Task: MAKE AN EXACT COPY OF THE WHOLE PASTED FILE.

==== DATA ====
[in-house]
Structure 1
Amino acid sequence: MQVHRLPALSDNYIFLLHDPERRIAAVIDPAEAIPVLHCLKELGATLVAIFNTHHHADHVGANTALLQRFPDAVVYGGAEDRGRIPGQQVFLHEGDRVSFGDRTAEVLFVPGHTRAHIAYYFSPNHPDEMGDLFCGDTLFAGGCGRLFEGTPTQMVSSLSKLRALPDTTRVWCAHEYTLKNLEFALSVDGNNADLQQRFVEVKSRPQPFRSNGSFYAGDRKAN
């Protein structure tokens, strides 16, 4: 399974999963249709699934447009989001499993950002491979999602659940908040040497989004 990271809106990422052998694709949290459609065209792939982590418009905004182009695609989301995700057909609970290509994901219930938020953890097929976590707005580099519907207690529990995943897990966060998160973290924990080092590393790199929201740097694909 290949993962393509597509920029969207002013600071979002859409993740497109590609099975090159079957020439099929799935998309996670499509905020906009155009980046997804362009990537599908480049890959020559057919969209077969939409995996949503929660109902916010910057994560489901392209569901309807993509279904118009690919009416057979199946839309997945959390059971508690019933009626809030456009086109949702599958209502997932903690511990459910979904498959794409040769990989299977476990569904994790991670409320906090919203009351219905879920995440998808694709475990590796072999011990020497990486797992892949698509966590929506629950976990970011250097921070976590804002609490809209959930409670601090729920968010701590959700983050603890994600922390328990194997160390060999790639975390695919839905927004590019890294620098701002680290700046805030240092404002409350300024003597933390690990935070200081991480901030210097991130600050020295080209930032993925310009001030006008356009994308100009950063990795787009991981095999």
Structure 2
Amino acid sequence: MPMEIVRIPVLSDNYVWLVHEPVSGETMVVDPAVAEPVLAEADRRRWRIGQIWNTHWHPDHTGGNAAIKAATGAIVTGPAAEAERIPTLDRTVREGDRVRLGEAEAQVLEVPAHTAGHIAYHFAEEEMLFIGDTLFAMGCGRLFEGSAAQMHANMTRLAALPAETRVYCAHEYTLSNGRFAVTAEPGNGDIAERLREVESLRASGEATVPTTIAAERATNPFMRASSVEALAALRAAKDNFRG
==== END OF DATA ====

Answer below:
[in-house]
Structure 1
Amino acid sequence: MQVHRLPALSDNYIFLLHDPERRIAAVIDPAEAIPVLHCLKELGATLVAIFNTHHHADHVGANTALLQRFPDAVVYGGAEDRGRIPGQQVFLHEGDRVSFGDRTAEVLFVPGHTRAHIAYYFSPNHPDEMGDLFCGDTLFAGGCGRLFEGTPTQMVSSLSKLRALPDTTRVWCAHEYTLKNLEFALSVDGNNADLQQRFVEVKSRPQPFRSNGSFYAGDRKAN
């Protein structure tokens, strides 16, 4: 399974999963249709699934447009989001499993950002491979999602659940908040040497989004 990271809106990422052998694709949290459609065209792939982590418009905004182009695609989301995700057909609970290509994901219930938020953890097929976590707005580099519907207690529990995943897990966060998160973290924990080092590393790199929201740097694909 290949993962393509597509920029969207002013600071979002859409993740497109590609099975090159079957020439099929799935998309996670499509905020906009155009980046997804362009990537599908480049890959020559057919969209077969939409995996949503929660109902916010910057994560489901392209569901309807993509279904118009690919009416057979199946839309997945959390059971508690019933009626809030456009086109949702599958209502997932903690511990459910979904498959794409040769990989299977476990569904994790991670409320906090919203009351219905879920995440998808694709475990590796072999011990020497990486797992892949698509966590929506629950976990970011250097921070976590804002609490809209959930409670601090729920968010701590959700983050603890994600922390328990194997160390060999790639975390695919839905927004590019890294620098701002680290700046805030240092404002409350300024003597933390690990935070200081991480901030210097991130600050020295080209930032993925310009001030006008356009994308100009950063990795787009991981095999």
Structure 2
Amino acid sequence: MPMEIVRIPVLSDNYVWLVHEPVSGETMVVDPAVAEPVLAEADRRRWRIGQIWNTHWHPDHTGGNAAIKAATGAIVTGPAAEAERIPTLDRTVREGDRVRLGEAEAQVLEVPAHTAGHIAYHFAEEEMLFIGDTLFAMGCGRLFEGSAAQMHANMTRLAALPAETRVYCAHEYTLSNGRFAVTAEPGNGDIAERLREVESLRASGEATVPTTIAAERATNPFMRASSVEALAALRAAKDNFRG